Unsung destruction in Haiti and the Dominican Republic


People in the Dominican Republic are prevented from traveling by floods.

As coverage of Tropical Storm Isaac and New Orleans appear in the news—the stories of the storm’s destruction in Haiti and the Dominican Republic go unsung.

While the storm never reached hurricane status, the winds and rain (averaging 12 inches) have caused serious flooding and crop damage, leaving vulnerable communities at greater risk for disease and hunger.

The storm’s survivors in both countries are facing empty food supplies and the destruction of cash crops. In the Dominican Republic, 25,000 people are without homes.

In Haiti, Food for the Hungry communities like Baptiste, with 146 sponsored children, are reporting that more than 40 homes have been destroyed as well as crops.

In another Haitian community called Aux Cadets, 40 percent of the goats were killed and orange and avocado crops are gone.

With excessive flooding, communities are isolated and without access to aid. Food for the Hungry is working to mobilize staff to seek out those affected by the storm.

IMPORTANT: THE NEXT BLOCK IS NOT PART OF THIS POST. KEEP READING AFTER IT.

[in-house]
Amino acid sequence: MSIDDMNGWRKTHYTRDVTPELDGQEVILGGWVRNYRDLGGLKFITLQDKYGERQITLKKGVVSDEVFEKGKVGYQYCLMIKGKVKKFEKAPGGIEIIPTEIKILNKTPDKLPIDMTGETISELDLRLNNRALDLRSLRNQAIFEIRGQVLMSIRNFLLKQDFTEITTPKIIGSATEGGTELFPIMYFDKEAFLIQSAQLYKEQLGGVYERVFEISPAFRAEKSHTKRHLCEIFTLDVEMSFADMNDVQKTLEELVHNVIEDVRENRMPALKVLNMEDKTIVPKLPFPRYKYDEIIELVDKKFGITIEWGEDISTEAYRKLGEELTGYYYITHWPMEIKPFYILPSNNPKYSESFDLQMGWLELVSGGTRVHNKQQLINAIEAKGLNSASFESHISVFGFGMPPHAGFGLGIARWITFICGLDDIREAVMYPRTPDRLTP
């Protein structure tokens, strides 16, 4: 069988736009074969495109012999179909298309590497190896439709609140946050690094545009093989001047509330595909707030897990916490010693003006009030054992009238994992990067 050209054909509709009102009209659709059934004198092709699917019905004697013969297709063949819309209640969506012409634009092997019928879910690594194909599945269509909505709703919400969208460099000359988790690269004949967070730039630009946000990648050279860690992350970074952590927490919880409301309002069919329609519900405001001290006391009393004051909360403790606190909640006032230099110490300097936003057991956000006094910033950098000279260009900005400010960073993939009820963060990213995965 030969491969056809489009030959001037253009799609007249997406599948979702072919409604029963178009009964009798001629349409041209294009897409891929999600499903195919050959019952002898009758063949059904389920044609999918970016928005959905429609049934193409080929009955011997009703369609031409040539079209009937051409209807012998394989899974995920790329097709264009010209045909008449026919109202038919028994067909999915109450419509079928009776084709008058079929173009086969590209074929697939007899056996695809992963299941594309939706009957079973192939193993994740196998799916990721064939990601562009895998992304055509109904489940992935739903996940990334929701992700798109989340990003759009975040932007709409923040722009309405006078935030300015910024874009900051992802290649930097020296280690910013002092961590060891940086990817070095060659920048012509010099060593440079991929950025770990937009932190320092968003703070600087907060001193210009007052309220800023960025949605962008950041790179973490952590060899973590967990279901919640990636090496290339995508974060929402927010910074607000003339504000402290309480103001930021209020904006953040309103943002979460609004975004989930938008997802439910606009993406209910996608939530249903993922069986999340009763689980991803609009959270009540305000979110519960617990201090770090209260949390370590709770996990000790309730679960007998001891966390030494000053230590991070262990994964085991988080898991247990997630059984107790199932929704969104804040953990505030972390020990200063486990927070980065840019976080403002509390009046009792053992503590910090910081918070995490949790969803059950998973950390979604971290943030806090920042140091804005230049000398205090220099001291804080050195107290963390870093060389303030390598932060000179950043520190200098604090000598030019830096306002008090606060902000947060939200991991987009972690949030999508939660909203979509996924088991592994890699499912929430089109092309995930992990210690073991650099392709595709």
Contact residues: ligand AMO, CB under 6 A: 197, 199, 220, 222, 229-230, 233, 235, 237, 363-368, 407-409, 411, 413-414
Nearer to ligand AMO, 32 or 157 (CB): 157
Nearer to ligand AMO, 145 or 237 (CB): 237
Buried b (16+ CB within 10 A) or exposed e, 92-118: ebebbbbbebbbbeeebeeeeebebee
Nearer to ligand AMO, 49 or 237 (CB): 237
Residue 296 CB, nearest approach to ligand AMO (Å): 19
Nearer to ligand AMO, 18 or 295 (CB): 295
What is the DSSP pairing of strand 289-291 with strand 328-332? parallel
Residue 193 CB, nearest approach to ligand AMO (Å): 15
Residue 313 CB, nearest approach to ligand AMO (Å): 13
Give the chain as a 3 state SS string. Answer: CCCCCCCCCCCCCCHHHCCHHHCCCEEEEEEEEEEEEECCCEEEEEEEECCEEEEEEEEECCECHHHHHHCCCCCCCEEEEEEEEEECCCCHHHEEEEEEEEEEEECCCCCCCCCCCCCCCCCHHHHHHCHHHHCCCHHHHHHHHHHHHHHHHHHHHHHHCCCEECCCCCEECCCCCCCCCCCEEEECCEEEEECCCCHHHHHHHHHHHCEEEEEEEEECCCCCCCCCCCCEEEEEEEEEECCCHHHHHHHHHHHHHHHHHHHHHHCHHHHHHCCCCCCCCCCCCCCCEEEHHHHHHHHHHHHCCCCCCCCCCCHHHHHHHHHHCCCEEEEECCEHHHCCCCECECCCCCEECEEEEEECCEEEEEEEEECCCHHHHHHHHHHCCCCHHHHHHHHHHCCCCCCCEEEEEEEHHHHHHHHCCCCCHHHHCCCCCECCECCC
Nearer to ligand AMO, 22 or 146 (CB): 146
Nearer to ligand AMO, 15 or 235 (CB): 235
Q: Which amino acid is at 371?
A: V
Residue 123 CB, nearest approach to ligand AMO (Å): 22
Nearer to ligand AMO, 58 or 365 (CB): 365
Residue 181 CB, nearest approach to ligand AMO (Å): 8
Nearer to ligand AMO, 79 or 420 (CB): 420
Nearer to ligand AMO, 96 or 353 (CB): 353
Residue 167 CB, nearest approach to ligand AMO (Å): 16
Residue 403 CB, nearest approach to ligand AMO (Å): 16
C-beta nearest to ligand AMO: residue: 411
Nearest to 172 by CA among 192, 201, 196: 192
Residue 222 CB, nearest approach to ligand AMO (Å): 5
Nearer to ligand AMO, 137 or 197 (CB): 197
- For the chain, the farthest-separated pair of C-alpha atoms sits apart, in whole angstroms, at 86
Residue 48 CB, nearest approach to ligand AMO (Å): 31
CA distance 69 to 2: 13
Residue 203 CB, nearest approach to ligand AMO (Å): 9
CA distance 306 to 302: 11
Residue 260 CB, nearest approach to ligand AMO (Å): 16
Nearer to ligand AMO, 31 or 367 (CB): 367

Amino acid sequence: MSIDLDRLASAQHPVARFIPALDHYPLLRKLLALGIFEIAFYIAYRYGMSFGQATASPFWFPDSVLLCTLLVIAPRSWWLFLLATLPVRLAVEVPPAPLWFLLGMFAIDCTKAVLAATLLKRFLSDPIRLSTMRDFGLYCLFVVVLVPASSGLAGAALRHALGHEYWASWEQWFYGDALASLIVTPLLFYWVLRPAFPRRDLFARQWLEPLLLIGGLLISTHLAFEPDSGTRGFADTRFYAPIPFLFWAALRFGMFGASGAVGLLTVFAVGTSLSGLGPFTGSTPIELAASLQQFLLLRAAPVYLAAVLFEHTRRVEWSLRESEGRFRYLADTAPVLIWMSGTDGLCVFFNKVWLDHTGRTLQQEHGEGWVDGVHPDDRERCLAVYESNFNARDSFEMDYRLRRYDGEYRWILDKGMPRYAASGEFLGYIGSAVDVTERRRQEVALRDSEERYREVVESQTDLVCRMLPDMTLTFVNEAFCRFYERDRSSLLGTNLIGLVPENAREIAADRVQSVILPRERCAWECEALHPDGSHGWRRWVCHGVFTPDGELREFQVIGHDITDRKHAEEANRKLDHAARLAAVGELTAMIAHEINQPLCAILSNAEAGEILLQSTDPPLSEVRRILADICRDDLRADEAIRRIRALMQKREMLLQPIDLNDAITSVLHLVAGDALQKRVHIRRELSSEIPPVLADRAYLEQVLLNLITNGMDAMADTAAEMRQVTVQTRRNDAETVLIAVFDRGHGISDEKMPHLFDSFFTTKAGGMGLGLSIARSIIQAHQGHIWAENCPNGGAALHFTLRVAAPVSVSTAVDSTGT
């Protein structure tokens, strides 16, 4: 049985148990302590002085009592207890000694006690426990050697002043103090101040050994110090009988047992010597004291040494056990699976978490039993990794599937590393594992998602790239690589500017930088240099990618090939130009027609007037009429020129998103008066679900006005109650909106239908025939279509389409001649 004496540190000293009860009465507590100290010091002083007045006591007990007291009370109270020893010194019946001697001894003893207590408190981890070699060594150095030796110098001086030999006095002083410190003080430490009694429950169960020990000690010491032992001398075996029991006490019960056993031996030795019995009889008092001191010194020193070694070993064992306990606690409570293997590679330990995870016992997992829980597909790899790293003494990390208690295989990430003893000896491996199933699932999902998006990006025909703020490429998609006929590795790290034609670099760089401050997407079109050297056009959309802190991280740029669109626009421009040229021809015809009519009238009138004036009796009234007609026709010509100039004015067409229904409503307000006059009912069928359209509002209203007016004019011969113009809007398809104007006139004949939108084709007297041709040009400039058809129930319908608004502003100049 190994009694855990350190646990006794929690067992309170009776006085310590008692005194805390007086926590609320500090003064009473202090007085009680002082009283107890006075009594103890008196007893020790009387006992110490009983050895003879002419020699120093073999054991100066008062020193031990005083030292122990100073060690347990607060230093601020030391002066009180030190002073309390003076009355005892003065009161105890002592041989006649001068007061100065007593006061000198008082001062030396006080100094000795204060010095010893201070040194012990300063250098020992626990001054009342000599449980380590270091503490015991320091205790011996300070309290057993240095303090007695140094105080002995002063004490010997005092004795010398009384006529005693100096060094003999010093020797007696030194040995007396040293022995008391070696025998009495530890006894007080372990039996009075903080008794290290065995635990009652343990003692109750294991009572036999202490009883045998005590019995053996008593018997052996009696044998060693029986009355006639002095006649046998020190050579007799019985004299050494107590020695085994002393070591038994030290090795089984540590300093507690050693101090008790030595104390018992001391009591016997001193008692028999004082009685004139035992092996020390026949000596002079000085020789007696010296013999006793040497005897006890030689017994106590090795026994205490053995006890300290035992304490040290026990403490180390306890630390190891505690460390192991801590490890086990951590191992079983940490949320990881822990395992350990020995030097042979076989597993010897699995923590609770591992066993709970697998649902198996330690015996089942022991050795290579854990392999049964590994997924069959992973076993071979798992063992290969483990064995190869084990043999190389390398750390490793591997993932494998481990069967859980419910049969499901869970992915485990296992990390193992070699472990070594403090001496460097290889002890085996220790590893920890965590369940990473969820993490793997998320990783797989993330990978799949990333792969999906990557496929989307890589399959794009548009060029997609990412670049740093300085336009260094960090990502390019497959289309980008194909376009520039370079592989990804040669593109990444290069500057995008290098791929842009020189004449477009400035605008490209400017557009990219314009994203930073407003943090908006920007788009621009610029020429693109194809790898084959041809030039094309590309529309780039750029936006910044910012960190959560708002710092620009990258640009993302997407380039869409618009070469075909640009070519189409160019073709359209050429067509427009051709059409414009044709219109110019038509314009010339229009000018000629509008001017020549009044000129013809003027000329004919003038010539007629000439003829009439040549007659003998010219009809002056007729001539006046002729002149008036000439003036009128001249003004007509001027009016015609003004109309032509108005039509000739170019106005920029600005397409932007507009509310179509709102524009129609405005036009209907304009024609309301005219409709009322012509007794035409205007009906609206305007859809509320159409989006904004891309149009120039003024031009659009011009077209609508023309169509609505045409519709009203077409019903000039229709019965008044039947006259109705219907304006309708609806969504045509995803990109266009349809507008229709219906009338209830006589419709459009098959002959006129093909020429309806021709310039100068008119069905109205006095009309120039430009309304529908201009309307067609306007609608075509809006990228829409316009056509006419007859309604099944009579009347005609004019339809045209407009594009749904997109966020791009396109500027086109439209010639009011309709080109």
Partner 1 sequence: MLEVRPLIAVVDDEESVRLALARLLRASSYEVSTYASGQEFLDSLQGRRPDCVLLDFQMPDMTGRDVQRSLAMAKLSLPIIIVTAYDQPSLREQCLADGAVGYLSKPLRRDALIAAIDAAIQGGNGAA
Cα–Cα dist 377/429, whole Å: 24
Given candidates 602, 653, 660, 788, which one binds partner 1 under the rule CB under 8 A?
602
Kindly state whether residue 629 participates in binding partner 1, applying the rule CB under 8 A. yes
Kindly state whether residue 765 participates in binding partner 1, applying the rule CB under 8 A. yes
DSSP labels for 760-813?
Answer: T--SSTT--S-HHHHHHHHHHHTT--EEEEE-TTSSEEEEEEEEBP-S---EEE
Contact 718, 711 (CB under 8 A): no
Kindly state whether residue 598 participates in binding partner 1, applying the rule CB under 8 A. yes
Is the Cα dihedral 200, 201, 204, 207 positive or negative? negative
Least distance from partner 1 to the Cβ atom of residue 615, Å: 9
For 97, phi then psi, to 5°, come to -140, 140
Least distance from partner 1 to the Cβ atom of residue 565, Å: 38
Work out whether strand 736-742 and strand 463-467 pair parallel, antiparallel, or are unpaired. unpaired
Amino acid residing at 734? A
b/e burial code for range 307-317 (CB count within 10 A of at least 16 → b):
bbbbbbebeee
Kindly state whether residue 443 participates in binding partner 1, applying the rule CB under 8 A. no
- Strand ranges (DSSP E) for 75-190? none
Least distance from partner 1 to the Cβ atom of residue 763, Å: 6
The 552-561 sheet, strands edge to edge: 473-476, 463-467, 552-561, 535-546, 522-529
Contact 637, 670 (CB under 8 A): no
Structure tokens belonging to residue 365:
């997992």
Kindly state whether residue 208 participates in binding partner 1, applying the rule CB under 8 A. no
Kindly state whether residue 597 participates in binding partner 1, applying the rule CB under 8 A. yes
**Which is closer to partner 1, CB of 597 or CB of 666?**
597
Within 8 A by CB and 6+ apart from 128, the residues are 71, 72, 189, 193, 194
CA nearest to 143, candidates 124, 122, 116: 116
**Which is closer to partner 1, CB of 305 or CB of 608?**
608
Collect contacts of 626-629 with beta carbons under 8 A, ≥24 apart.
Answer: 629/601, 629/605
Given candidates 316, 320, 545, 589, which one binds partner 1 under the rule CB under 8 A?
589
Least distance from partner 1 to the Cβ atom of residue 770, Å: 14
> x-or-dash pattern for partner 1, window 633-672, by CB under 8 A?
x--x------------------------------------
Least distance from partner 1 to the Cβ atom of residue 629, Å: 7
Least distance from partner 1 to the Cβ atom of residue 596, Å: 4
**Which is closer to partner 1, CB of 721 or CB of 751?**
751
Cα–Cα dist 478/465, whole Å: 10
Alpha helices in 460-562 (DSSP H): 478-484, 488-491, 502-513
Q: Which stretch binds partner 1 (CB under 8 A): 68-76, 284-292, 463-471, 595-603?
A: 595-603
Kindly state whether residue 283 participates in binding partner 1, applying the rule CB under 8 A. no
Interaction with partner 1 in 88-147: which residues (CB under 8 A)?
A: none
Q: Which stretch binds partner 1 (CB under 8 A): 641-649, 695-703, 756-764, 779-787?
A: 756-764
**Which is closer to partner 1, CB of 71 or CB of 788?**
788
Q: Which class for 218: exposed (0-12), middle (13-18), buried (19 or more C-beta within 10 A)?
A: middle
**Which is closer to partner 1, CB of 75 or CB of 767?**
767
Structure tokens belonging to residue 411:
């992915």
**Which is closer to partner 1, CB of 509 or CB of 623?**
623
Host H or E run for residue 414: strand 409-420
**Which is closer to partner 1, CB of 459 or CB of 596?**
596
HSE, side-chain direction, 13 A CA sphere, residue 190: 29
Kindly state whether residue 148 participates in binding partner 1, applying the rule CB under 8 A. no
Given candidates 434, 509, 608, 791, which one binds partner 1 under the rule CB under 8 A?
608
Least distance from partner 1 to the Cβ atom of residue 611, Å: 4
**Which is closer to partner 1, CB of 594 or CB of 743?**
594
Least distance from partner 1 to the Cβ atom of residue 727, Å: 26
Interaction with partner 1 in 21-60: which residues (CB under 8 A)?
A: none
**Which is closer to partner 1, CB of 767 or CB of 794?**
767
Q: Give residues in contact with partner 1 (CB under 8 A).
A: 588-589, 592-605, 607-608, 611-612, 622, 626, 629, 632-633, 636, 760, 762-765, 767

With many communities struggling just to survive, the destruction of crops is a setback, not only for the moment but for the upcoming year, as farmers will not be able to sell crops for an income.

Bekele Hankebo, FH/Haiti Country Director said the children also eat the oranges, avocados and bananas that they grew, so they didn’t just lose their livelihoods – their kids will go hungry without help.

“Pray for strength,” says Hankebo. “Continue praying for resources. This is a tragedy but we know God is in control. We pray for God’s wisdom, for good leadership.”

If you would like to partner with Food for the Hungry in helping these people, please give today.

About Renee Targos

Renee is a former journalist and editor for national arts and business publications. As a writer for Food for the Hungry, Renee explores and reports on the work and relationships of partners, FH staff and impoverished communities.

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